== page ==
Hello, lovely crafters! My name is Vanessa Barraza Brady, and I’m thrilled to be able to share two of my favorite things: Día de Muertos and crafting. I’m a proud Cricut Contributing Artist Program member, and you can find my creations on my Design Space profile. Today, I’ll take you on a colorful journey through the tradition of Día de Muertos, a beautiful and vibrant celebration that has a special place in my heart.
Día de Muertos, or Day of the Dead, originated in Mexico and has since spread to various parts of the world. Traditionally celebrated on November 1st and 2nd, Día de Muertos is a joyful celebration and remembrance of loved ones who have passed away.
The history of Día de Muertos dates back to ancient Mesoamerican civilizations, notably the Aztecs and the Mayans. These indigenous cultures had a deep connection with death. They viewed it not as an end but a natural part of the human journey. They believed that during particular times of the year, the souls of the departed would return to the world of the living to be reunited with their families.
Día de Muertos is more than just a colorful celebration; it’s a heartfelt tribute to the deceased. It serves as a way for families to connect and reminisce over memories of those who have passed. The belief is that their spirits continue to live on by honoring and celebrating the departed. It’s a beautiful way to cope with grief and find solace in the notion that our loved ones are never truly gone as long as they are remembered.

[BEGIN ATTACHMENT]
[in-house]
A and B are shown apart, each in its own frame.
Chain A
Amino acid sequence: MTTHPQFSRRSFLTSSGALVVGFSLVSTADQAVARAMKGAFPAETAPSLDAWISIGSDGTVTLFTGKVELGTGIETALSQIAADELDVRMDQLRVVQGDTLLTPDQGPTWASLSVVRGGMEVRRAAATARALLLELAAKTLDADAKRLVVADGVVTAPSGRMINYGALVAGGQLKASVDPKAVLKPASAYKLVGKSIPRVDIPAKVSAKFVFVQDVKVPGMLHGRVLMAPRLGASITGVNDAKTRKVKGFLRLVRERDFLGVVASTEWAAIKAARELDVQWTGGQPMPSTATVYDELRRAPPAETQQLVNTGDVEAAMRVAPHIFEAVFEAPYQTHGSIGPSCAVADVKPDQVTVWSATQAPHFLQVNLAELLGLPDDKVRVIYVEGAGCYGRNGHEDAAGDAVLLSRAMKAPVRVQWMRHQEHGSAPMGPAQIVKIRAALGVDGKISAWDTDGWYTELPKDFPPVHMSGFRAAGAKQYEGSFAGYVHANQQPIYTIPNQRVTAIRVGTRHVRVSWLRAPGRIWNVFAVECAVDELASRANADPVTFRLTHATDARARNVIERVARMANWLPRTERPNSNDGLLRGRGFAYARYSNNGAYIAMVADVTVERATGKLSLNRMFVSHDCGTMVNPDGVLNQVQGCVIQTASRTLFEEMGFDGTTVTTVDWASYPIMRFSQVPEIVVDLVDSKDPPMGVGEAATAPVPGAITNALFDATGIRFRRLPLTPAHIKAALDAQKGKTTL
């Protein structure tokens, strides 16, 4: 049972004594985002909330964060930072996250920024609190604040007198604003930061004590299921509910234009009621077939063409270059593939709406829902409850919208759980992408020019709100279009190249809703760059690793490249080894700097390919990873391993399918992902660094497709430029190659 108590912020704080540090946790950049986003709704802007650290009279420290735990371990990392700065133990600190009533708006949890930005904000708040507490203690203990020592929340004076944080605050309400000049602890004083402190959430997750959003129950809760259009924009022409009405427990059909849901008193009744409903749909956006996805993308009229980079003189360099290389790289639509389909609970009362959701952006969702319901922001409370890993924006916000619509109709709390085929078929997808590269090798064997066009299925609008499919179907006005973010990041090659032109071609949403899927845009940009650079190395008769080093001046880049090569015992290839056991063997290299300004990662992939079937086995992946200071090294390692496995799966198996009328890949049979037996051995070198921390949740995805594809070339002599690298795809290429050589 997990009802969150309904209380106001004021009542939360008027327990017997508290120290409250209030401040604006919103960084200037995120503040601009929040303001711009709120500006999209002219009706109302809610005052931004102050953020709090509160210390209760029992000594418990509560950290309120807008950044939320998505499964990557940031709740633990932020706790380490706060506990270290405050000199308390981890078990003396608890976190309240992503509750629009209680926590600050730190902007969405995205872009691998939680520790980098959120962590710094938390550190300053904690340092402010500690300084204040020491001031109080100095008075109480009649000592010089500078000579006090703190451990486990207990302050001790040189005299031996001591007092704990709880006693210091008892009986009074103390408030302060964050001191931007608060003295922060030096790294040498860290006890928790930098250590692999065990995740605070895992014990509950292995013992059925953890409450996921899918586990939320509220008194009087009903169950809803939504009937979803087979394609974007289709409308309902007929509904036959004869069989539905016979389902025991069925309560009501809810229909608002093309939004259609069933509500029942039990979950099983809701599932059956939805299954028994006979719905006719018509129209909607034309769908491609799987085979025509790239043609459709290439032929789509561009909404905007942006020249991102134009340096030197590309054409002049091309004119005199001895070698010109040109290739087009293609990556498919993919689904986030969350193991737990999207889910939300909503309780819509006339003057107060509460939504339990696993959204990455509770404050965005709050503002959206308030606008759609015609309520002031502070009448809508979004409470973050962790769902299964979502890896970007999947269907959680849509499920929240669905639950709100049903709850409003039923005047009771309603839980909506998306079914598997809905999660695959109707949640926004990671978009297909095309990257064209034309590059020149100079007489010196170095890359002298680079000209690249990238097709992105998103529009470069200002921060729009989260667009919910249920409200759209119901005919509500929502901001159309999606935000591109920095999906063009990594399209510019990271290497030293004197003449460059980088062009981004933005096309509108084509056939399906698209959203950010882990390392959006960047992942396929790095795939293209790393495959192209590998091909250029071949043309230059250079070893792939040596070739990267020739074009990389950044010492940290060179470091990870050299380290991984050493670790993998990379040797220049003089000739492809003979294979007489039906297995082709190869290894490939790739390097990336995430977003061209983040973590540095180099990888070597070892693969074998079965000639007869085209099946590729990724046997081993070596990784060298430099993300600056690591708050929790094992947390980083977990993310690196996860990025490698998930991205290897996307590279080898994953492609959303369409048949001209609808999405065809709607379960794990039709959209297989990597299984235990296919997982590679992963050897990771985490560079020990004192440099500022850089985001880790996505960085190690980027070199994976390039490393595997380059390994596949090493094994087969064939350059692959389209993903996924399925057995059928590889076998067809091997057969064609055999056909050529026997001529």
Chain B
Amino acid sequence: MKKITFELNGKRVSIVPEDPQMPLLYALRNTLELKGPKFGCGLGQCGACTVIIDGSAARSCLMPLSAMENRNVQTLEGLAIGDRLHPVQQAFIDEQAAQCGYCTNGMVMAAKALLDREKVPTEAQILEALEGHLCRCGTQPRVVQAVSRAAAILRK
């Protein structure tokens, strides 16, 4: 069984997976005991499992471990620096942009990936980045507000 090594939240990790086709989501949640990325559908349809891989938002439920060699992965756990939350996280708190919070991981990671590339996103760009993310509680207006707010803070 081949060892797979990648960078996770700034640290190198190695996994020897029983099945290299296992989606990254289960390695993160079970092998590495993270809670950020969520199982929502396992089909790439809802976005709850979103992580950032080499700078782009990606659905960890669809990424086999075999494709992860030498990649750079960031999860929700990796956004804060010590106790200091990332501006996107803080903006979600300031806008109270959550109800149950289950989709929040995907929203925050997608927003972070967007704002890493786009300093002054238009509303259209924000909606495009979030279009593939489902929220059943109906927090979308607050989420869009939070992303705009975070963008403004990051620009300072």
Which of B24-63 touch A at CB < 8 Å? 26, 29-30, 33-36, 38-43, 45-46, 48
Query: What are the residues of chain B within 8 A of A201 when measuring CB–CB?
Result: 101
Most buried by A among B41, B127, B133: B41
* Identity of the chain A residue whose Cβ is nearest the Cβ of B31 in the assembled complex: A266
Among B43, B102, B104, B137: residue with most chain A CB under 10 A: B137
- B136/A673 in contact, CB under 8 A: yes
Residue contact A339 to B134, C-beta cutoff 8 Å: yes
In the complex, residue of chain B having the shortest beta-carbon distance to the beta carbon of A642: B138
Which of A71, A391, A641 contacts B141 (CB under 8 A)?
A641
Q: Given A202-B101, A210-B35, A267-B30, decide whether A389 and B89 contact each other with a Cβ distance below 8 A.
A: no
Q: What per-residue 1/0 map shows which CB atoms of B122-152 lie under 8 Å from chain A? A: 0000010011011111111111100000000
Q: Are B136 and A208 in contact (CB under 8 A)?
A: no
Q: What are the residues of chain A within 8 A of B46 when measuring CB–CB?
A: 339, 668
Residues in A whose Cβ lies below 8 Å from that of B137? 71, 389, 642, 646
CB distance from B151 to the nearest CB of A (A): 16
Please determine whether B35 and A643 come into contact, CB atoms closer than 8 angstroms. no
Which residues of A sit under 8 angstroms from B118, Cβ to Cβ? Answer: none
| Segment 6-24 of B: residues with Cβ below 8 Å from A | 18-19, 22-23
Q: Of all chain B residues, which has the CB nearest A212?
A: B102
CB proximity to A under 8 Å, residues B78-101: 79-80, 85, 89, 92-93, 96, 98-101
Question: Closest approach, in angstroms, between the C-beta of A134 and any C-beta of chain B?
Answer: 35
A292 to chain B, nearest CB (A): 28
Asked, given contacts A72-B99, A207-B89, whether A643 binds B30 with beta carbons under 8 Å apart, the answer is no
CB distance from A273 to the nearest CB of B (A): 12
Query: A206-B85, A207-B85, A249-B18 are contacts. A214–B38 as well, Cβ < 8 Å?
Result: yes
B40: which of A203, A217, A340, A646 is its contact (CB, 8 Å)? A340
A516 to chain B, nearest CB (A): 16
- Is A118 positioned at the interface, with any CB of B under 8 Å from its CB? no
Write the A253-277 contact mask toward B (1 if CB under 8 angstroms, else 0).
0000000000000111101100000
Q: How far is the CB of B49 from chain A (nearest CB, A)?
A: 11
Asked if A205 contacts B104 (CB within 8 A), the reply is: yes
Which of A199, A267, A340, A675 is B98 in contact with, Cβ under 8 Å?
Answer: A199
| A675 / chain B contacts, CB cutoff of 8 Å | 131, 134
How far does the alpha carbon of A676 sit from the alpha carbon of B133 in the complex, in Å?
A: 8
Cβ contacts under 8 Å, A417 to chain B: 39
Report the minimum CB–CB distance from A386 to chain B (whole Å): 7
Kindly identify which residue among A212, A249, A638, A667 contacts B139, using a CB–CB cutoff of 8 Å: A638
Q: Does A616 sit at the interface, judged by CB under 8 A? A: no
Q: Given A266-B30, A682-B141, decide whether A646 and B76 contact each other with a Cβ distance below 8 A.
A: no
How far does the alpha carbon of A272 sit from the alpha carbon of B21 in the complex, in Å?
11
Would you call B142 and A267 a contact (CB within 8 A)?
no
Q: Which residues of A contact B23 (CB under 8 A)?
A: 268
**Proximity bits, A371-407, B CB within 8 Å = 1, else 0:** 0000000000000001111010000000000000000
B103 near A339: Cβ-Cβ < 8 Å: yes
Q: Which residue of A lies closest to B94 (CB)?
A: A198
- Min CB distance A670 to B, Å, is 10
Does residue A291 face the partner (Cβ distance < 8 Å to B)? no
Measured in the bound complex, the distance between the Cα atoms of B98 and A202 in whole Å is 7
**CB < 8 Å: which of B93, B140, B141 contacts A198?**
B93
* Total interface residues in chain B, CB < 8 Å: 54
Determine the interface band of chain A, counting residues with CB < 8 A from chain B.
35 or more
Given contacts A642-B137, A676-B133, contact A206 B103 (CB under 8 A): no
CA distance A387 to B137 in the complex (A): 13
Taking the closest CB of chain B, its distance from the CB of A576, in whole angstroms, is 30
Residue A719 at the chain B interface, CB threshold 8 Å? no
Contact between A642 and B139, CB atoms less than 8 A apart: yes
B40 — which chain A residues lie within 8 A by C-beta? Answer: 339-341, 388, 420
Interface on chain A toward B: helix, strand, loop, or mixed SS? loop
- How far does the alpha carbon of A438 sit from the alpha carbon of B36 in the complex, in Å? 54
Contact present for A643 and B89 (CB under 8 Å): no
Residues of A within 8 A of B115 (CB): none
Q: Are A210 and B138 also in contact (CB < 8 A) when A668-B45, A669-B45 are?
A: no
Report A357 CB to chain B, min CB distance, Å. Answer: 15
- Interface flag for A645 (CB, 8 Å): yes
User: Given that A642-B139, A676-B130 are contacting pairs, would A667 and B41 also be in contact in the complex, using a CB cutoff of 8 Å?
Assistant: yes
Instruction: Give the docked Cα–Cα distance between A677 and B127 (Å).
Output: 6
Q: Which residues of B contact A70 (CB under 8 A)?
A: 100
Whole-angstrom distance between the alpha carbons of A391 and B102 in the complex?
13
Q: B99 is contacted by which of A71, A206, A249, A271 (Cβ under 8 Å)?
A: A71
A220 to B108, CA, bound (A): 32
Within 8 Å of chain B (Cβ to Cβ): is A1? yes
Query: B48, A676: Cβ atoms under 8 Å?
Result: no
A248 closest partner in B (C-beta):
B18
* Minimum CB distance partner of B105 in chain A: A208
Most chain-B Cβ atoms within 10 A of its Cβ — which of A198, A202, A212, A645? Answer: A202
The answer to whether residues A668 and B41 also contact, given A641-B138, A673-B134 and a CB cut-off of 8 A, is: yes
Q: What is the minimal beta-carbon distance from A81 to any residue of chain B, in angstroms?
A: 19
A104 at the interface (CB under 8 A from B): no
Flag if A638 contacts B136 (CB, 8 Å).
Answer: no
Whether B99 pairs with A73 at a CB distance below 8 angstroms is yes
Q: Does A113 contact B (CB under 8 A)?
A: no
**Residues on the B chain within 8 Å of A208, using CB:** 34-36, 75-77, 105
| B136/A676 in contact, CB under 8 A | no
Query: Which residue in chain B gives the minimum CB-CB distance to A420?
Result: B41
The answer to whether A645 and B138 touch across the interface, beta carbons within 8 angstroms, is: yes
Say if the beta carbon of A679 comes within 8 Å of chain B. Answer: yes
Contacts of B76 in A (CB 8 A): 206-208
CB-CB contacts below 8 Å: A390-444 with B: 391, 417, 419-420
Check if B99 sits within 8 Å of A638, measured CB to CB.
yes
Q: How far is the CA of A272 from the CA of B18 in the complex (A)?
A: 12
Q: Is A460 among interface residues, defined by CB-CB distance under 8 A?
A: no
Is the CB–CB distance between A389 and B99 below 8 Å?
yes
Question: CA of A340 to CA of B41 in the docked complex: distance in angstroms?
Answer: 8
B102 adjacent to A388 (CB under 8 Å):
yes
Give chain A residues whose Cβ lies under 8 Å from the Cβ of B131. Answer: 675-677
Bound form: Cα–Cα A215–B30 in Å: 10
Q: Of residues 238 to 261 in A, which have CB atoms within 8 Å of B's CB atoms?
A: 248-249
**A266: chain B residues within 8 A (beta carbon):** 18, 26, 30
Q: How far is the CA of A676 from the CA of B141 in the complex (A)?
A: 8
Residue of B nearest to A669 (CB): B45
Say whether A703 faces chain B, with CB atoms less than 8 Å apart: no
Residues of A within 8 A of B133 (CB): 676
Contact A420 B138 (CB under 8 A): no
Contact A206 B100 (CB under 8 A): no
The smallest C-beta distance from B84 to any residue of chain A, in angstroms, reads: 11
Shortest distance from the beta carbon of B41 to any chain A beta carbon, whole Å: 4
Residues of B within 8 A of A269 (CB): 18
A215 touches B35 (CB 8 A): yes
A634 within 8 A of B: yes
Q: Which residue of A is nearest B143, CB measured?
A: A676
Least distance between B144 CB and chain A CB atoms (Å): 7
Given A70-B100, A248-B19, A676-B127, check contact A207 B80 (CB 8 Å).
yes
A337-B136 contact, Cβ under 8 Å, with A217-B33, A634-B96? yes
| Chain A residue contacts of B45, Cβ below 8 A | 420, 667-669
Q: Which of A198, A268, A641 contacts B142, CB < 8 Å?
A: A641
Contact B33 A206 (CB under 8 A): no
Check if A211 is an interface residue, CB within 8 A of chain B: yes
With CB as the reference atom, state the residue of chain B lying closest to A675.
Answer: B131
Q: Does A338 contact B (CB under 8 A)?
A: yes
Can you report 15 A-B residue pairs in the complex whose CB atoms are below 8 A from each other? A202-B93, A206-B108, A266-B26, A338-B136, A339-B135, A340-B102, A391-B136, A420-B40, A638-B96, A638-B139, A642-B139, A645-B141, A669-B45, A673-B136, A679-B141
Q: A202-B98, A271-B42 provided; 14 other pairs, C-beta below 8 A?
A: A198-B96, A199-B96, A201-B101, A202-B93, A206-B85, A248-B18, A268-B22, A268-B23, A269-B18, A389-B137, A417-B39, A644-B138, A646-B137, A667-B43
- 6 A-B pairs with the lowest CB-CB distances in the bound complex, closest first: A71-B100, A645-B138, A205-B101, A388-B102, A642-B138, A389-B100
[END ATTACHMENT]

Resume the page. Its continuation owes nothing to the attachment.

How we celebrate Día de Muertos
The heart of Día de Muertos lies in the intricate altars, or “ofrendas,” that families create in their homes. We adorn these alters with marigold flowers, sugar skulls, candles, pan de muerto (bread of the dead), and the departed’s favorite foods and drinks. It’s a visual feast for the senses; every element holds deep symbolism.
Communities also create stunning public displays, with elaborately decorated sugar skulls or “calaveras,” parades, and vibrant processions to cemeteries. It’s a time of sharing stories, laughter, and tears as families pay their respects to deceased loved ones.
As a longtime Cricut fan, I’ve used this incredible tool to bring the spirit of Día de Muertos to life. With my Cricut machine, I’ve designed and created intricate projects that add a unique touch to my celebration.
The gorgeous tissue paper flags you see at many festivities are called Papel Picado, which means “pecked paper.” Since they are usually incredibly delicate, I used my Cricut Maker to create miniature Papel Picado jewelry with my SVG files (#M4F1A1D22, #M4F14A9A0, #M4F149889) and shrink plastic. Now I can enjoy these beautiful and colorful flags year round!
Another one of my SVG files in Design Space is a customizable calavera or “skull” (#M3C40AFC6). Traditionally made of sugar, frosting, and sometimes foil, these beautiful calaveras have become very popular. I’ve used my calavera design to create a colorful wreath and custom water bottle.
Día de Muertos is not just about tradition; it’s about creativity, too. With Cricut, I can craft personalized, meaningful decorations that pay homage to my loved ones in an exceptional way. Combining my love for crafting with this beautiful celebration of my culture is truly a joy.
Día de Muertos is a holiday that transcends borders, cultures, and time. It’s a vivid reminder that love and memories endure beyond this life.